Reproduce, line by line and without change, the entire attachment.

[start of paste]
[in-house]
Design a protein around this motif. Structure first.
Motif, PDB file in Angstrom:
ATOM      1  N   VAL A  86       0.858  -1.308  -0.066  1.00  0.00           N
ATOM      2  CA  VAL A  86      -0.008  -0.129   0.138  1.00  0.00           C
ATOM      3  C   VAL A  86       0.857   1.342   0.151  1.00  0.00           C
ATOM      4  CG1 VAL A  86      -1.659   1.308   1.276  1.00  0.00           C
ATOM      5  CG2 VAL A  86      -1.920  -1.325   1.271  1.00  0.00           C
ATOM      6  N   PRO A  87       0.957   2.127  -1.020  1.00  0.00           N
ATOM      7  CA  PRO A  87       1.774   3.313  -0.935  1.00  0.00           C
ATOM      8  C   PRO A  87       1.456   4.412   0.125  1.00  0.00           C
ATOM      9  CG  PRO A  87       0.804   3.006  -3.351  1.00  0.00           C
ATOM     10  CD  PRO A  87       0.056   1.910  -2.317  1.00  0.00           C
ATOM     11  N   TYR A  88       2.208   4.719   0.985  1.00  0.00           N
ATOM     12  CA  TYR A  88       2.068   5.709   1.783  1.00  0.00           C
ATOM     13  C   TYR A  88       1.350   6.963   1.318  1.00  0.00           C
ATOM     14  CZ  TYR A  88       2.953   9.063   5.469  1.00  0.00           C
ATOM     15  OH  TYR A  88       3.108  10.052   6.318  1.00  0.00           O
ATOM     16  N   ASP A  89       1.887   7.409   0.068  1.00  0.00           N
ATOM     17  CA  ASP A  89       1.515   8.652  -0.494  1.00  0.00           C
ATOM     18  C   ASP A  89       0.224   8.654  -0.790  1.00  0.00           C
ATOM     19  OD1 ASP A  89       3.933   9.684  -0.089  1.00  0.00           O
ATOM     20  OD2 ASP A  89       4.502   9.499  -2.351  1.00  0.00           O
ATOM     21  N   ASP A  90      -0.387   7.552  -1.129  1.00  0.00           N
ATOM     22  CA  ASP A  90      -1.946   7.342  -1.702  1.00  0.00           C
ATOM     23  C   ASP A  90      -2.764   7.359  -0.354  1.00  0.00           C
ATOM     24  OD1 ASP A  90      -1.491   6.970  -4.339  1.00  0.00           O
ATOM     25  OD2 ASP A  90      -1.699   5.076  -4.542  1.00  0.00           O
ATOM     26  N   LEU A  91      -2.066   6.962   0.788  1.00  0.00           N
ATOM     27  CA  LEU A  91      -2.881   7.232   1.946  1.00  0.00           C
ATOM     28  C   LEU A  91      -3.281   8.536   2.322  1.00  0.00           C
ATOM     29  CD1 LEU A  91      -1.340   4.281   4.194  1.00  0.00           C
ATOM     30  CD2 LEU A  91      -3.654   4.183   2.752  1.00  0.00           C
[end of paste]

[in-house]
Design a protein around this motif. Structure first.
Motif, PDB file in Angstrom:
ATOM      1  N   VAL A  86       0.858  -1.308  -0.066  1.00  0.00           N
ATOM      2  CA  VAL A  86      -0.008  -0.129   0.138  1.00  0.00           C
ATOM      3  C   VAL A  86       0.857   1.342   0.151  1.00  0.00           C
ATOM      4  CG1 VAL A  86      -1.659   1.308   1.276  1.00  0.00           C
ATOM      5  CG2 VAL A  86      -1.920  -1.325   1.271  1.00  0.00           C
ATOM      6  N   PRO A  87       0.957   2.127  -1.020  1.00  0.00           N
ATOM      7  CA  PRO A  87       1.774   3.313  -0.935  1.00  0.00           C
ATOM      8  C   PRO A  87       1.456   4.412   0.125  1.00  0.00           C
ATOM      9  CG  PRO A  87       0.804   3.006  -3.351  1.00  0.00           C
ATOM     10  CD  PRO A  87       0.056   1.910  -2.317  1.00  0.00           C
ATOM     11  N   TYR A  88       2.208   4.719   0.985  1.00  0.00           N
ATOM     12  CA  TYR A  88       2.068   5.709   1.783  1.00  0.00           C
ATOM     13  C   TYR A  88       1.350   6.963   1.318  1.00  0.00           C
ATOM     14  CZ  TYR A  88       2.953   9.063   5.469  1.00  0.00           C
ATOM     15  OH  TYR A  88       3.108  10.052   6.318  1.00  0.00           O
ATOM     16  N   ASP A  89       1.887   7.409   0.068  1.00  0.00           N
ATOM     17  CA  ASP A  89       1.515   8.652  -0.494  1.00  0.00           C
ATOM     18  C   ASP A  89       0.224   8.654  -0.790  1.00  0.00           C
ATOM     19  OD1 ASP A  89       3.933   9.684  -0.089  1.00  0.00           O
ATOM     20  OD2 ASP A  89       4.502   9.499  -2.351  1.00  0.00           O
ATOM     21  N   ASP A  90      -0.387   7.552  -1.129  1.00  0.00           N
ATOM     22  CA  ASP A  90      -1.946   7.342  -1.702  1.00  0.00           C
ATOM     23  C   ASP A  90      -2.764   7.359  -0.354  1.00  0.00           C
ATOM     24  OD1 ASP A  90      -1.491   6.970  -4.339  1.00  0.00           O
ATOM     25  OD2 ASP A  90      -1.699   5.076  -4.542  1.00  0.00           O
ATOM     26  N   LEU A  91      -2.066   6.962   0.788  1.00  0.00           N
ATOM     27  CA  LEU A  91      -2.881   7.232   1.946  1.00  0.00           C
ATOM     28  C   LEU A  91      -3.281   8.536   2.322  1.00  0.00           C
ATOM     29  CD1 LEU A  91      -1.340   4.281   4.194  1.00  0.00           C
ATOM     30  CD2 LEU A  91      -3.654   4.183   2.752  1.00  0.00           C